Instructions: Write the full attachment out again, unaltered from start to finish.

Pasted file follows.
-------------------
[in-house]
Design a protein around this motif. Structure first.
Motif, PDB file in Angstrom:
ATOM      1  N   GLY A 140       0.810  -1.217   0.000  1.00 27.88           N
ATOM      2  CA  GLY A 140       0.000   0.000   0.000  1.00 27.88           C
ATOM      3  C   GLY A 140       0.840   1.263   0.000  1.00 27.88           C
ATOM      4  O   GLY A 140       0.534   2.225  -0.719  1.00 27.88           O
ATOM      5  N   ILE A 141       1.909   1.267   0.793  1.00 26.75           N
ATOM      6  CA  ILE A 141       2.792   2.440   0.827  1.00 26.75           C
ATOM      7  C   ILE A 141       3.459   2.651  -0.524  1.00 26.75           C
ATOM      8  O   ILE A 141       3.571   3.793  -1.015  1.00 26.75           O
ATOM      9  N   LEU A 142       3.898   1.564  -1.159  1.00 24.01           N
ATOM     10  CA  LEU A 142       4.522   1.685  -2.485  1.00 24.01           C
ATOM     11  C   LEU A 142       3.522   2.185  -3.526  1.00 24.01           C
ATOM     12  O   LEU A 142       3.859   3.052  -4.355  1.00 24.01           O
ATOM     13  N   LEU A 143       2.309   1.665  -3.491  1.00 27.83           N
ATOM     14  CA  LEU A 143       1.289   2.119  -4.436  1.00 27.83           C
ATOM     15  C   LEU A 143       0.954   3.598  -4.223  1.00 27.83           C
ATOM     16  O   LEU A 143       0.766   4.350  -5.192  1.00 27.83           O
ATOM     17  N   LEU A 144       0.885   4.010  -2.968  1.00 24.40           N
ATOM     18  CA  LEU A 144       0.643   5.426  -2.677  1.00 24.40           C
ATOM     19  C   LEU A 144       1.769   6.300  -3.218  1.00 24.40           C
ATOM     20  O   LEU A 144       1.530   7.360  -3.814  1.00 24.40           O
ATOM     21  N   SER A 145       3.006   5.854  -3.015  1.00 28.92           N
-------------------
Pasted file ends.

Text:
[in-house]
Design a protein around this motif. Structure first.
Motif, PDB file in Angstrom:
ATOM      1  N   GLY A 140       0.810  -1.217   0.000  1.00 27.88           N
ATOM      2  CA  GLY A 140       0.000   0.000   0.000  1.00 27.88           C
ATOM      3  C   GLY A 140       0.840   1.263   0.000  1.00 27.88           C
ATOM      4  O   GLY A 140       0.534   2.225  -0.719  1.00 27.88           O
ATOM      5  N   ILE A 141       1.909   1.267   0.793  1.00 26.75           N
ATOM      6  CA  ILE A 141       2.792   2.440   0.827  1.00 26.75           C
ATOM      7  C   ILE A 141       3.459   2.651  -0.524  1.00 26.75           C
ATOM      8  O   ILE A 141       3.571   3.793  -1.015  1.00 26.75           O
ATOM      9  N   LEU A 142       3.898   1.564  -1.159  1.00 24.01           N
ATOM     10  CA  LEU A 142       4.522   1.685  -2.485  1.00 24.01           C
ATOM     11  C   LEU A 142       3.522   2.185  -3.526  1.00 24.01           C
ATOM     12  O   LEU A 142       3.859   3.052  -4.355  1.00 24.01           O
ATOM     13  N   LEU A 143       2.309   1.665  -3.491  1.00 27.83           N
ATOM     14  CA  LEU A 143       1.289   2.119  -4.436  1.00 27.83           C
ATOM     15  C   LEU A 143       0.954   3.598  -4.223  1.00 27.83           C
ATOM     16  O   LEU A 143       0.766   4.350  -5.192  1.00 27.83           O
ATOM     17  N   LEU A 144       0.885   4.010  -2.968  1.00 24.40           N
ATOM     18  CA  LEU A 144       0.643   5.426  -2.677  1.00 24.40           C
ATOM     19  C   LEU A 144       1.769   6.300  -3.218  1.00 24.40           C
ATOM     20  O   LEU A 144       1.530   7.360  -3.814  1.00 24.40           O
ATOM     21  N   SER A 145       3.006   5.854  -3.015  1.00 28.92           N